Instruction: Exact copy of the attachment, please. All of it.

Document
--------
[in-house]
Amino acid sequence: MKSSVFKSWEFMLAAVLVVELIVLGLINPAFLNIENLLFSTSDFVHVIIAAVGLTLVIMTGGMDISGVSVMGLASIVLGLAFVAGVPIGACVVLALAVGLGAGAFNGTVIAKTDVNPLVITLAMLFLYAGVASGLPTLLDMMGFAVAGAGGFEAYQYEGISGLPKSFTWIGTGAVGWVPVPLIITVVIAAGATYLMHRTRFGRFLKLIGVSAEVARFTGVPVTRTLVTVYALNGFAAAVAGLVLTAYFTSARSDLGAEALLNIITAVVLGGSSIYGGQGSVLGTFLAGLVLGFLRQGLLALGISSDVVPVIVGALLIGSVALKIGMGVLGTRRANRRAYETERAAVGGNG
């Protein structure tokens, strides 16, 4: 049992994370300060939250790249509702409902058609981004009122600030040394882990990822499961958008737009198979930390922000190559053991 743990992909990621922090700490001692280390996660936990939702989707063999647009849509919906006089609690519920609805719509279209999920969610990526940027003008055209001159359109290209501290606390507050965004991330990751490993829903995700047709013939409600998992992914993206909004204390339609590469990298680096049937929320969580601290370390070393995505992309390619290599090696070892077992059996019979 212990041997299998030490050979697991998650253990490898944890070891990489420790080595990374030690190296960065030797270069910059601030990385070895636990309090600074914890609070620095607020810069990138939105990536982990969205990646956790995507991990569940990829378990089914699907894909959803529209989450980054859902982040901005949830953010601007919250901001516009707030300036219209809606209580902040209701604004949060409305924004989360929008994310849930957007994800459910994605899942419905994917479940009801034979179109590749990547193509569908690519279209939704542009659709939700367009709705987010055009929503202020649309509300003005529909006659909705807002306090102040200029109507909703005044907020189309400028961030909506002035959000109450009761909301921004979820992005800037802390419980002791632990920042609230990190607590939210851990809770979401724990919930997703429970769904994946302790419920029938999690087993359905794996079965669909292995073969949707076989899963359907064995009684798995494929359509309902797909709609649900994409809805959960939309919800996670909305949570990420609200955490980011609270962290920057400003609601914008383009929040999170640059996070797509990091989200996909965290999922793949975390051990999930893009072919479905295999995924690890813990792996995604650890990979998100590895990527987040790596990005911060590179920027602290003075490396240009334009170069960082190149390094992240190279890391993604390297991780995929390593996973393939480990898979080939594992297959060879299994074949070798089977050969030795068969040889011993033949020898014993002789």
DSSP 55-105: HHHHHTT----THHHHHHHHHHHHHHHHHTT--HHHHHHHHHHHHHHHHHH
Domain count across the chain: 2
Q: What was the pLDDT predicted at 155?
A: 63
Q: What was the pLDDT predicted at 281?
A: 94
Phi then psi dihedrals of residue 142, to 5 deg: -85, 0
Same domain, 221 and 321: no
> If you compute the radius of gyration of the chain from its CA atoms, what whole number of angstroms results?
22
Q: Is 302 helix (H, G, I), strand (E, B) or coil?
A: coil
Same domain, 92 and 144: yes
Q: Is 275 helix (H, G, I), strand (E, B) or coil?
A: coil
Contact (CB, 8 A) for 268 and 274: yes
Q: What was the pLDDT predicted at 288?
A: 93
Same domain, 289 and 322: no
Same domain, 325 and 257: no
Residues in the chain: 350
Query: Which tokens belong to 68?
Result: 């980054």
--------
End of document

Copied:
[in-house]
Amino acid sequence: MKSSVFKSWEFMLAAVLVVELIVLGLINPAFLNIENLLFSTSDFVHVIIAAVGLTLVIMTGGMDISGVSVMGLASIVLGLAFVAGVPIGACVVLALAVGLGAGAFNGTVIAKTDVNPLVITLAMLFLYAGVASGLPTLLDMMGFAVAGAGGFEAYQYEGISGLPKSFTWIGTGAVGWVPVPLIITVVIAAGATYLMHRTRFGRFLKLIGVSAEVARFTGVPVTRTLVTVYALNGFAAAVAGLVLTAYFTSARSDLGAEALLNIITAVVLGGSSIYGGQGSVLGTFLAGLVLGFLRQGLLALGISSDVVPVIVGALLIGSVALKIGMGVLGTRRANRRAYETERAAVGGNG
């Protein structure tokens, strides 16, 4: 049992994370300060939250790249509702409902058609981004009122600030040394882990990822499961958008737009198979930390922000190559053991 743990992909990621922090700490001692280390996660936990939702989707063999647009849509919906006089609690519920609805719509279209999920969610990526940027003008055209001159359109290209501290606390507050965004991330990751490993829903995700047709013939409600998992992914993206909004204390339609590469990298680096049937929320969580601290370390070393995505992309390619290599090696070892077992059996019979 212990041997299998030490050979697991998650253990490898944890070891990489420790080595990374030690190296960065030797270069910059601030990385070895636990309090600074914890609070620095607020810069990138939105990536982990969205990646956790995507991990569940990829378990089914699907894909959803529209989450980054859902982040901005949830953010601007919250901001516009707030300036219209809606209580902040209701604004949060409305924004989360929008994310849930957007994800459910994605899942419905994917479940009801034979179109590749990547193509569908690519279209939704542009659709939700367009709705987010055009929503202020649309509300003005529909006659909705807002306090102040200029109507909703005044907020189309400028961030909506002035959000109450009761909301921004979820992005800037802390419980002791632990920042609230990190607590939210851990809770979401724990919930997703429970769904994946302790419920029938999690087993359905794996079965669909292995073969949707076989899963359907064995009684798995494929359509309902797909709609649900994409809805959960939309919800996670909305949570990420609200955490980011609270962290920057400003609601914008383009929040999170640059996070797509990091989200996909965290999922793949975390051990999930893009072919479905295999995924690890813990792996995604650890990979998100590895990527987040790596990005911060590179920027602290003075490396240009334009170069960082190149390094992240190279890391993604390297991780995929390593996973393939480990898979080939594992297959060879299994074949070798089977050969030795068969040889011993033949020898014993002789």
DSSP 55-105: HHHHHTT----THHHHHHHHHHHHHHHHHTT--HHHHHHHHHHHHHHHHHH
Domain count across the chain: 2
Q: What was the pLDDT predicted at 155?
A: 63
Q: What was the pLDDT predicted at 281?
A: 94
Phi then psi dihedrals of residue 142, to 5 deg: -85, 0
Same domain, 221 and 321: no
> If you compute the radius of gyration of the chain from its CA atoms, what whole number of angstroms results?
22
Q: Is 302 helix (H, G, I), strand (E, B) or coil?
A: coil
Same domain, 92 and 144: yes
Q: Is 275 helix (H, G, I), strand (E, B) or coil?
A: coil
Contact (CB, 8 A) for 268 and 274: yes
Q: What was the pLDDT predicted at 288?
A: 93
Same domain, 289 and 322: no
Same domain, 325 and 257: no
Residues in the chain: 350
Query: Which tokens belong to 68?
Result: 């980054």